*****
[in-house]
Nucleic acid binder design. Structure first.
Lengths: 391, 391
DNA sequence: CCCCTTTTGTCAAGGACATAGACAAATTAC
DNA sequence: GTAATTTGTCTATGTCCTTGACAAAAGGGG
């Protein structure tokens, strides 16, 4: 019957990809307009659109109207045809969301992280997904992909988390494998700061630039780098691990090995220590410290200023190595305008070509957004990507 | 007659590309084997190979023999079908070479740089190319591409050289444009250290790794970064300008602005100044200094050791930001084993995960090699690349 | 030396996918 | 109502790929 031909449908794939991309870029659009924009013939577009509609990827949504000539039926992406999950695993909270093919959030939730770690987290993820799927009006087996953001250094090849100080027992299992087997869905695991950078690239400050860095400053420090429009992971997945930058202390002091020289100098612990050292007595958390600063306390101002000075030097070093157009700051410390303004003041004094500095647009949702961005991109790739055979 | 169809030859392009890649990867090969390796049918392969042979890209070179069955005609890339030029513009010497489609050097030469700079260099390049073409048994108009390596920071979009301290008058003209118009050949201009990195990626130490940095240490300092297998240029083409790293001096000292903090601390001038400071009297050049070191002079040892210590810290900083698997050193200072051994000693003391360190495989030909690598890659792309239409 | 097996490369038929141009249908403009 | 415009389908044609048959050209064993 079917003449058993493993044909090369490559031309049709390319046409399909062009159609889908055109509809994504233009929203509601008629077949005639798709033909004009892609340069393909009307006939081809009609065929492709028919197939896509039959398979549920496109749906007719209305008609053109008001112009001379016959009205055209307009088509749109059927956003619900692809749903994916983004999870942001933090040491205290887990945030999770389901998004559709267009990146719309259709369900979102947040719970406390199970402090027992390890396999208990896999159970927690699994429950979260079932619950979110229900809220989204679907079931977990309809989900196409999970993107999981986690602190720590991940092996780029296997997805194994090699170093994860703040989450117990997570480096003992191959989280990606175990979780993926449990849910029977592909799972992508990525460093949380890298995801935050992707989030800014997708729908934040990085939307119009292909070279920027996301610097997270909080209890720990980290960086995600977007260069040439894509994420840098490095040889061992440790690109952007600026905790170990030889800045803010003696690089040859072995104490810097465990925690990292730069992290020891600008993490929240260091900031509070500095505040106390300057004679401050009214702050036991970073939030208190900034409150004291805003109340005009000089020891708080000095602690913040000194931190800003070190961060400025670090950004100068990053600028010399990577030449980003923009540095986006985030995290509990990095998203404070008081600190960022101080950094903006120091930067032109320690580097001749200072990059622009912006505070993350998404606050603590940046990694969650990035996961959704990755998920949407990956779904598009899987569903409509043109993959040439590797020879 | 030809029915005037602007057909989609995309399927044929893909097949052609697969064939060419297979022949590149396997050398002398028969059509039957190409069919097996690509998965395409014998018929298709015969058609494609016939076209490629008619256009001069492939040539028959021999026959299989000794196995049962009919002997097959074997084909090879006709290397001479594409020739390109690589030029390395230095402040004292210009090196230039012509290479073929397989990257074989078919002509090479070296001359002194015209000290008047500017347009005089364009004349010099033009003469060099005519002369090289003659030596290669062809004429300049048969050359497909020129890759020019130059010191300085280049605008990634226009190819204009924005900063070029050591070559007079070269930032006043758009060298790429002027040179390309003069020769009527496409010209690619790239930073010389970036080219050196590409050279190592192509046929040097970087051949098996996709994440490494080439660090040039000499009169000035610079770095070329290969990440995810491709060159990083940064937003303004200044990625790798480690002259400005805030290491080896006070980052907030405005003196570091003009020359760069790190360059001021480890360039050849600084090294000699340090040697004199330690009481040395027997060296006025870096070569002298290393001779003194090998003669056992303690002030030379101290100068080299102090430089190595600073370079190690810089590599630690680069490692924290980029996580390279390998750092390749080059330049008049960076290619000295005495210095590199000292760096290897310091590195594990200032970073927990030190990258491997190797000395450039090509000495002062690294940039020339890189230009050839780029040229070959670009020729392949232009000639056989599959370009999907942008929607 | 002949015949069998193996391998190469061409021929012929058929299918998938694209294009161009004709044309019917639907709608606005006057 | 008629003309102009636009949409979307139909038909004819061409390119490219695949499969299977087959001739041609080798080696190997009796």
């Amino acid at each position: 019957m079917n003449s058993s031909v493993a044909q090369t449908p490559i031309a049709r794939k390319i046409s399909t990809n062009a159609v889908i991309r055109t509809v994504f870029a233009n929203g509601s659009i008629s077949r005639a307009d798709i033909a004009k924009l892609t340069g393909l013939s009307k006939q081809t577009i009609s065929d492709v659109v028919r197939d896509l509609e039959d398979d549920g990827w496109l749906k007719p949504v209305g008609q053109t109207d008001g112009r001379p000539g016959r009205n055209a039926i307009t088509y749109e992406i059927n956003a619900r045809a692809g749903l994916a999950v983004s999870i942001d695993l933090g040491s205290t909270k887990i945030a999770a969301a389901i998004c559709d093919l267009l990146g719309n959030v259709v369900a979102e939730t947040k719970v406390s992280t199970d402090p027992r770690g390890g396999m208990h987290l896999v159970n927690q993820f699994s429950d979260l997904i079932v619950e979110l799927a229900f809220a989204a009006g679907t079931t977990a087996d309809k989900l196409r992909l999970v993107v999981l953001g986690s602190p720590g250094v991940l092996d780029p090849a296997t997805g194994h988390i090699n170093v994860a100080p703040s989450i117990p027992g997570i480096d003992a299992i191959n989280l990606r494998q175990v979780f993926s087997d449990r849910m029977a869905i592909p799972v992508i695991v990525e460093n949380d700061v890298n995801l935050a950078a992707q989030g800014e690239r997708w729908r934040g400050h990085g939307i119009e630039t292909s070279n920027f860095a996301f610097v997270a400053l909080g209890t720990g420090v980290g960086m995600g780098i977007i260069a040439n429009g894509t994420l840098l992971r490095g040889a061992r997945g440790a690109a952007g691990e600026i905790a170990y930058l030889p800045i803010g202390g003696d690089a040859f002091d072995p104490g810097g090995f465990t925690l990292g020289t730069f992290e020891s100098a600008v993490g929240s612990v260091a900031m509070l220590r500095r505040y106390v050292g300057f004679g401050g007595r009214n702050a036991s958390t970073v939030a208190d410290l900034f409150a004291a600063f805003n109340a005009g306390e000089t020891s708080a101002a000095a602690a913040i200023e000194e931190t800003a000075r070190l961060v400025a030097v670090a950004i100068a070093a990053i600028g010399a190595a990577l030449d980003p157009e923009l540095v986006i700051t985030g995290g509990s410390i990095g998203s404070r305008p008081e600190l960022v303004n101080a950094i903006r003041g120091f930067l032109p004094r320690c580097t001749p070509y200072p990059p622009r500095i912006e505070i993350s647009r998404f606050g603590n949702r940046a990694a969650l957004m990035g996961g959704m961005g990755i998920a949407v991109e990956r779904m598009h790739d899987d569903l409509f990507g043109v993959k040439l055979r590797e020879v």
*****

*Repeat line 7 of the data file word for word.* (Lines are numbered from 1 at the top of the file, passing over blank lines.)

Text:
């Amino acid at each position: 019957m079917n003449s058993s031909v493993a044909q090369t449908p490559i031309a049709r794939k390319i046409s399909t990809n062009a159609v889908i991309r055109t509809v994504f870029a233009n929203g509601s659009i008629s077949r005639a307009d798709i033909a004009k924009l892609t340069g393909l013939s009307k006939q081809t577009i009609s065929d492709v659109v028919r197939d896509l509609e039959d398979d549920g990827w496109l749906k007719p949504v209305g008609q053109t109207d008001g112009r001379p000539g016959r009205n055209a039926i307009t088509y749109e992406i059927n956003a619900r045809a692809g749903l994916a999950v983004s999870i942001d695993l933090g040491s205290t909270k887990i945030a999770a969301a389901i998004c559709d093919l267009l990146g719309n959030v259709v369900a979102e939730t947040k719970v406390s992280t199970d402090p027992r770690g390890g396999m208990h987290l896999v159970n927690q993820f699994s429950d979260l997904i079932v619950e979110l799927a229900f809220a989204a009006g679907t079931t977990a087996d309809k989900l196409r992909l999970v993107v999981l953001g986690s602190p720590g250094v991940l092996d780029p090849a296997t997805g194994h988390i090699n170093v994860a100080p703040s989450i117990p027992g997570i480096d003992a299992i191959n989280l990606r494998q175990v979780f993926s087997d449990r849910m029977a869905i592909p799972v992508i695991v990525e460093n949380d700061v890298n995801l935050a950078a992707q989030g800014e690239r997708w729908r934040g400050h990085g939307i119009e630039t292909s070279n920027f860095a996301f610097v997270a400053l909080g209890t720990g420090v980290g960086m995600g780098i977007i260069a040439n429009g894509t994420l840098l992971r490095g040889a061992r997945g440790a690109a952007g691990e600026i905790a170990y930058l030889p800045i803010g202390g003696d690089a040859f002091d072995p104490g810097g090995f465990t925690l990292g020289t730069f992290e020891s100098a600008v993490g929240s612990v260091a900031m509070l220590r500095r505040y106390v050292g300057f004679g401050g007595r009214n702050a036991s958390t970073v939030a208190d410290l900034f409150a004291a600063f805003n109340a005009g306390e000089t020891s708080a101002a000095a602690a913040i200023e000194e931190t800003a000075r070190l961060v400025a030097v670090a950004i100068a070093a990053i600028g010399a190595a990577l030449d980003p157009e923009l540095v986006i700051t985030g995290g509990s410390i990095g998203s404070r305008p008081e600190l960022v303004n101080a950094i903006r003041g120091f930067l032109p004094r320690c580097t001749p070509y200072p990059p622009r500095i912006e505070i993350s647009r998404f606050g603590n949702r940046a990694a969650l957004m990035g996961g959704m961005g990755i998920a949407v991109e990956r779904m598009h790739d899987d569903l409509f990507g043109v993959k040439l055979r590797e020879v």